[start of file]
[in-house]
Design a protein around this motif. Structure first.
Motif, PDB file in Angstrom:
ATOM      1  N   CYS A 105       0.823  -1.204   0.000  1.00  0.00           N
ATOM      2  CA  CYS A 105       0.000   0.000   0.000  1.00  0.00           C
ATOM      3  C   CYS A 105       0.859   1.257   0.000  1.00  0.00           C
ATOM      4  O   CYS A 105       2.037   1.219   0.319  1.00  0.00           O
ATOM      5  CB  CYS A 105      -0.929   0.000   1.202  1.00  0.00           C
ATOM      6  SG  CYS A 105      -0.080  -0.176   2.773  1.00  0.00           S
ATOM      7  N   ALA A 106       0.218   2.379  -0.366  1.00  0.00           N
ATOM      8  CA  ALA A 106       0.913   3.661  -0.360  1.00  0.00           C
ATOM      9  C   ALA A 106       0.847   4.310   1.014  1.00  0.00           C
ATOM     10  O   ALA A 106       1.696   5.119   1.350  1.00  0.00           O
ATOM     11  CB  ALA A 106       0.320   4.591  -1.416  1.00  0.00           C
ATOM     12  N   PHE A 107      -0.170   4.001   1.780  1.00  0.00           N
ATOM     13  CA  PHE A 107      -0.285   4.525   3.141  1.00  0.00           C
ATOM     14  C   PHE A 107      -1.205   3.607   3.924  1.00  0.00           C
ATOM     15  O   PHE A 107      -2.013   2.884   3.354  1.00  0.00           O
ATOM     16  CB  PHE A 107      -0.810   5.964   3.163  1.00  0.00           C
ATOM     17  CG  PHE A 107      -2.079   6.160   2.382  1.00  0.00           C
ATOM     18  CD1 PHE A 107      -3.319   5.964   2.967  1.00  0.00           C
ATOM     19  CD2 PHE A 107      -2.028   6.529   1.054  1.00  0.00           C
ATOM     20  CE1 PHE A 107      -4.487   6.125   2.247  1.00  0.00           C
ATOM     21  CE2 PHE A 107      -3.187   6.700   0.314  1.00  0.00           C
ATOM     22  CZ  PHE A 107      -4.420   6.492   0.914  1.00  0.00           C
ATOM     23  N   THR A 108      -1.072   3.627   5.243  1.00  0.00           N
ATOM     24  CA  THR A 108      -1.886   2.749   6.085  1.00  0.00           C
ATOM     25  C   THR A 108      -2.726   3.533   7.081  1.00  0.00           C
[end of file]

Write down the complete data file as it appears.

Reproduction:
[in-house]
Design a protein around this motif. Structure first.
Motif, PDB file in Angstrom:
ATOM      1  N   CYS A 105       0.823  -1.204   0.000  1.00  0.00           N
ATOM      2  CA  CYS A 105       0.000   0.000   0.000  1.00  0.00           C
ATOM      3  C   CYS A 105       0.859   1.257   0.000  1.00  0.00           C
ATOM      4  O   CYS A 105       2.037   1.219   0.319  1.00  0.00           O
ATOM      5  CB  CYS A 105      -0.929   0.000   1.202  1.00  0.00           C
ATOM      6  SG  CYS A 105      -0.080  -0.176   2.773  1.00  0.00           S
ATOM      7  N   ALA A 106       0.218   2.379  -0.366  1.00  0.00           N
ATOM      8  CA  ALA A 106       0.913   3.661  -0.360  1.00  0.00           C
ATOM      9  C   ALA A 106       0.847   4.310   1.014  1.00  0.00           C
ATOM     10  O   ALA A 106       1.696   5.119   1.350  1.00  0.00           O
ATOM     11  CB  ALA A 106       0.320   4.591  -1.416  1.00  0.00           C
ATOM     12  N   PHE A 107      -0.170   4.001   1.780  1.00  0.00           N
ATOM     13  CA  PHE A 107      -0.285   4.525   3.141  1.00  0.00           C
ATOM     14  C   PHE A 107      -1.205   3.607   3.924  1.00  0.00           C
ATOM     15  O   PHE A 107      -2.013   2.884   3.354  1.00  0.00           O
ATOM     16  CB  PHE A 107      -0.810   5.964   3.163  1.00  0.00           C
ATOM     17  CG  PHE A 107      -2.079   6.160   2.382  1.00  0.00           C
ATOM     18  CD1 PHE A 107      -3.319   5.964   2.967  1.00  0.00           C
ATOM     19  CD2 PHE A 107      -2.028   6.529   1.054  1.00  0.00           C
ATOM     20  CE1 PHE A 107      -4.487   6.125   2.247  1.00  0.00           C
ATOM     21  CE2 PHE A 107      -3.187   6.700   0.314  1.00  0.00           C
ATOM     22  CZ  PHE A 107      -4.420   6.492   0.914  1.00  0.00           C
ATOM     23  N   THR A 108      -1.072   3.627   5.243  1.00  0.00           N
ATOM     24  CA  THR A 108      -1.886   2.749   6.085  1.00  0.00           C
ATOM     25  C   THR A 108      -2.726   3.533   7.081  1.00  0.00           C